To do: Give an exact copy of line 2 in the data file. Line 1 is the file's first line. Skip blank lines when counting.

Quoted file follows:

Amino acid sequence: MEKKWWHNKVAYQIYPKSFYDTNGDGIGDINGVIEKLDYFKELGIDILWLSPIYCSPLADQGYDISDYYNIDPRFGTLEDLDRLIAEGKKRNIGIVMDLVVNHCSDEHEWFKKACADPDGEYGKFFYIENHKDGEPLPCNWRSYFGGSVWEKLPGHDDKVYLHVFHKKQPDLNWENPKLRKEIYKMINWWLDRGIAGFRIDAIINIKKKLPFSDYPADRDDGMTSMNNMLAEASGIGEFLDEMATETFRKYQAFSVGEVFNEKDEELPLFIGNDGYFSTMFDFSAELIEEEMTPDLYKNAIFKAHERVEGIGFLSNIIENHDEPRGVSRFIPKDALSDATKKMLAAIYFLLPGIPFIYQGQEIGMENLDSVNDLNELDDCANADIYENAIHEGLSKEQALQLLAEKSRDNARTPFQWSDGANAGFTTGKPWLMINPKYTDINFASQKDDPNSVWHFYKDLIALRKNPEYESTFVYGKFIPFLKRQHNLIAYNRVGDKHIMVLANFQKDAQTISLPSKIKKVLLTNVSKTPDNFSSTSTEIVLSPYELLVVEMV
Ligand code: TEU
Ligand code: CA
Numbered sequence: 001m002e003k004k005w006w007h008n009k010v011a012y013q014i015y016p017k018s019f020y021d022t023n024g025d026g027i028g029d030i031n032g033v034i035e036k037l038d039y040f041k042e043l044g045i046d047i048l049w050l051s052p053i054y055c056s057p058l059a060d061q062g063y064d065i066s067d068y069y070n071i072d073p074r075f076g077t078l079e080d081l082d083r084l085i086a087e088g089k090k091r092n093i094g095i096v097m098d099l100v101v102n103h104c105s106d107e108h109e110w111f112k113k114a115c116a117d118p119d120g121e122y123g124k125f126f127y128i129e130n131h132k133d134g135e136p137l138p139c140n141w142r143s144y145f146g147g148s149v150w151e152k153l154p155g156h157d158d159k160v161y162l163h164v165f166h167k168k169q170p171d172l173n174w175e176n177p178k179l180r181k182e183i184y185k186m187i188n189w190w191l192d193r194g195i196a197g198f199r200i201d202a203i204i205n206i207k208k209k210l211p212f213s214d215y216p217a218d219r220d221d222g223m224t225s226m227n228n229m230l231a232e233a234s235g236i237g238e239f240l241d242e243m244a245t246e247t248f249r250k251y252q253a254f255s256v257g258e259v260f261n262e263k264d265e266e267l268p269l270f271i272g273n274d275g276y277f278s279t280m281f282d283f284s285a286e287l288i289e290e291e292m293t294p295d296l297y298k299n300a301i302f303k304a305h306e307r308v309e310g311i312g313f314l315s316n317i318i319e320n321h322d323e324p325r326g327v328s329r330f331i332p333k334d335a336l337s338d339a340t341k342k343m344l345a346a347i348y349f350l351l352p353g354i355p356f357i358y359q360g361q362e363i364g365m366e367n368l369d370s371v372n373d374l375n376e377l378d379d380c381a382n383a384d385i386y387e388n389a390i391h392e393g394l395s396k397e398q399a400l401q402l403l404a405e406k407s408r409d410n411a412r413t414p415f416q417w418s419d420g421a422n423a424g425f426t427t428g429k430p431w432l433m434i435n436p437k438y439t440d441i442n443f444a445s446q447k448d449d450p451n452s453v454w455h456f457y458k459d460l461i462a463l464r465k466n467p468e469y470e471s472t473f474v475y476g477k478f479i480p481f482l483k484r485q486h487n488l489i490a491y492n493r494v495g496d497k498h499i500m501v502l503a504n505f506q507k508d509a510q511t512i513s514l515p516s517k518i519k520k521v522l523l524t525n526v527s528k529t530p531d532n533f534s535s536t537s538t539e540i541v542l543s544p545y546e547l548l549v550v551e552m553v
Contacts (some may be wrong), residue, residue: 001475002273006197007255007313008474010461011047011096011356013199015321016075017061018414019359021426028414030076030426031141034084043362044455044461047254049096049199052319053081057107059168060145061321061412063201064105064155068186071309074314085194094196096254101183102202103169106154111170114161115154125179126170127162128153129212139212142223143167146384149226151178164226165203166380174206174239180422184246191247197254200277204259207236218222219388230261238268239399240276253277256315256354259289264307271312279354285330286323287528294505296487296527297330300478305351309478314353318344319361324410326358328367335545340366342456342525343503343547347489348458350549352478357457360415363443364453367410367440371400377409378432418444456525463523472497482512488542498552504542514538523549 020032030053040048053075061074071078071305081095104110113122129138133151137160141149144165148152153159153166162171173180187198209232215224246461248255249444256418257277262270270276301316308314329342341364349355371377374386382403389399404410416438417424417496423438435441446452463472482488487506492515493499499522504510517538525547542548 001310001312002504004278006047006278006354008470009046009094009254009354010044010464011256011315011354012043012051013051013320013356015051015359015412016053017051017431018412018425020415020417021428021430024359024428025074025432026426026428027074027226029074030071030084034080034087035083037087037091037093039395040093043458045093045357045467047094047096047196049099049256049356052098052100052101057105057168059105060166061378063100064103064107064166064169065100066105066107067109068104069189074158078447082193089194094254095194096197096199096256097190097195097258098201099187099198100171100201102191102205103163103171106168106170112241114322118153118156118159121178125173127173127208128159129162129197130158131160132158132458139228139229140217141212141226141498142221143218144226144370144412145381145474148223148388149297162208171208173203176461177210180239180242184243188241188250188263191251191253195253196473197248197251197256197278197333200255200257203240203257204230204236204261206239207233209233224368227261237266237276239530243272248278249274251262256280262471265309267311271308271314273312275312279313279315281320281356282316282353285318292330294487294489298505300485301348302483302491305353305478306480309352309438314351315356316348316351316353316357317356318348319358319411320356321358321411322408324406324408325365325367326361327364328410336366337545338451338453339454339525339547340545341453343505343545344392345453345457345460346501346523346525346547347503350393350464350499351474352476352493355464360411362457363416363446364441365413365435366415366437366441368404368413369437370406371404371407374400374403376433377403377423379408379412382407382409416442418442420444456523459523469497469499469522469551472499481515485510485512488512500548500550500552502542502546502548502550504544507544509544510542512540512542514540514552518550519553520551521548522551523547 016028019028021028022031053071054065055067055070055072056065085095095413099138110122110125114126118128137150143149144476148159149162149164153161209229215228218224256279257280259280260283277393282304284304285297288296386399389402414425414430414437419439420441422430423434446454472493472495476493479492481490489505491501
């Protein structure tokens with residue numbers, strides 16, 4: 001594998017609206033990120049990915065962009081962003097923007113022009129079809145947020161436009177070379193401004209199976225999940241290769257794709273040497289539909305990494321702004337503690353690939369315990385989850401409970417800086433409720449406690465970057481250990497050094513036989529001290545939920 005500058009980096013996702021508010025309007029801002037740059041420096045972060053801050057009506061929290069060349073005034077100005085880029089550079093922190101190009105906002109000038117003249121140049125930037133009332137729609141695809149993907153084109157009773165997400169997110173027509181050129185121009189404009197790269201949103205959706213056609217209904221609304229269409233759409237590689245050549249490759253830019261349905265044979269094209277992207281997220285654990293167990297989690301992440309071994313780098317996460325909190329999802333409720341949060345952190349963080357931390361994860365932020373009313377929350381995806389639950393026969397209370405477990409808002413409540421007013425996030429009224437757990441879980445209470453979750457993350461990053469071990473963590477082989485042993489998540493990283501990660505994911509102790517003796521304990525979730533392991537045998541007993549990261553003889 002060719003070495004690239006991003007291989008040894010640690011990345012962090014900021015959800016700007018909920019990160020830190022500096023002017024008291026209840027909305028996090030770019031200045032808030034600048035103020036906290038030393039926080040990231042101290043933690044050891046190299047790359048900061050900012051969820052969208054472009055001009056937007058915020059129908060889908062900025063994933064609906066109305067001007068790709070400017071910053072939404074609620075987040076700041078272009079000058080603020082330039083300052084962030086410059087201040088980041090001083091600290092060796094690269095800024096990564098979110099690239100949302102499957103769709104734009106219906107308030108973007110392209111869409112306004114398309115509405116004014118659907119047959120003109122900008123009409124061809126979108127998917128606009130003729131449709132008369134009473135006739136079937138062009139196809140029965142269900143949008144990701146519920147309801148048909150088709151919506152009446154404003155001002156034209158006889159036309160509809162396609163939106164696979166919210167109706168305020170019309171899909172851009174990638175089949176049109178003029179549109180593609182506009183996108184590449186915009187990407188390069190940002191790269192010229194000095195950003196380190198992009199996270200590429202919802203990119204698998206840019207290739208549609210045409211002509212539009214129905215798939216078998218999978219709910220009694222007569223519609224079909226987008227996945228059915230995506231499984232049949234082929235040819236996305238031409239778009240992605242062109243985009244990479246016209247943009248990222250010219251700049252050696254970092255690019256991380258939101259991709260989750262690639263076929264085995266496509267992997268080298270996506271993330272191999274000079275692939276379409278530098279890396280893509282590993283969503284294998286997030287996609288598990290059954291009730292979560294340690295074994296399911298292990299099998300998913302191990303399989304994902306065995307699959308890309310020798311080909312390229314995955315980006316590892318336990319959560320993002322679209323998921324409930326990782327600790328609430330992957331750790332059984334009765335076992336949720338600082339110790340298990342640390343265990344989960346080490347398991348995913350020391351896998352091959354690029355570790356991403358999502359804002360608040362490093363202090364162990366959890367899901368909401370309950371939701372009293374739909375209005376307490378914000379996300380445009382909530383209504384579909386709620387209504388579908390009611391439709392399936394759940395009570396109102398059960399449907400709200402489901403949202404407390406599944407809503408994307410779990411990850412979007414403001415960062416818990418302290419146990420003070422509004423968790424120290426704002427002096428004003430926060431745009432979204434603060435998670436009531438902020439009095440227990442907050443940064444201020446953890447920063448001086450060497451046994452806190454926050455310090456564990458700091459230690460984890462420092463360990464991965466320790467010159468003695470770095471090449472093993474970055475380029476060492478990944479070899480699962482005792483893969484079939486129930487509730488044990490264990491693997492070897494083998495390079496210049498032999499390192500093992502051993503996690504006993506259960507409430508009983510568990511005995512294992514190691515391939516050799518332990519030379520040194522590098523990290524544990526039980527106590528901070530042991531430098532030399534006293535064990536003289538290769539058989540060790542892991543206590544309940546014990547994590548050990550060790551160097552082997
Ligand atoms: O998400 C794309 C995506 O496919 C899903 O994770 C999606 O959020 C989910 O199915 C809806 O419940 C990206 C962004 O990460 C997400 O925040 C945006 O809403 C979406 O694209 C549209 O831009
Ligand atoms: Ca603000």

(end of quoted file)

Ligand code: TEU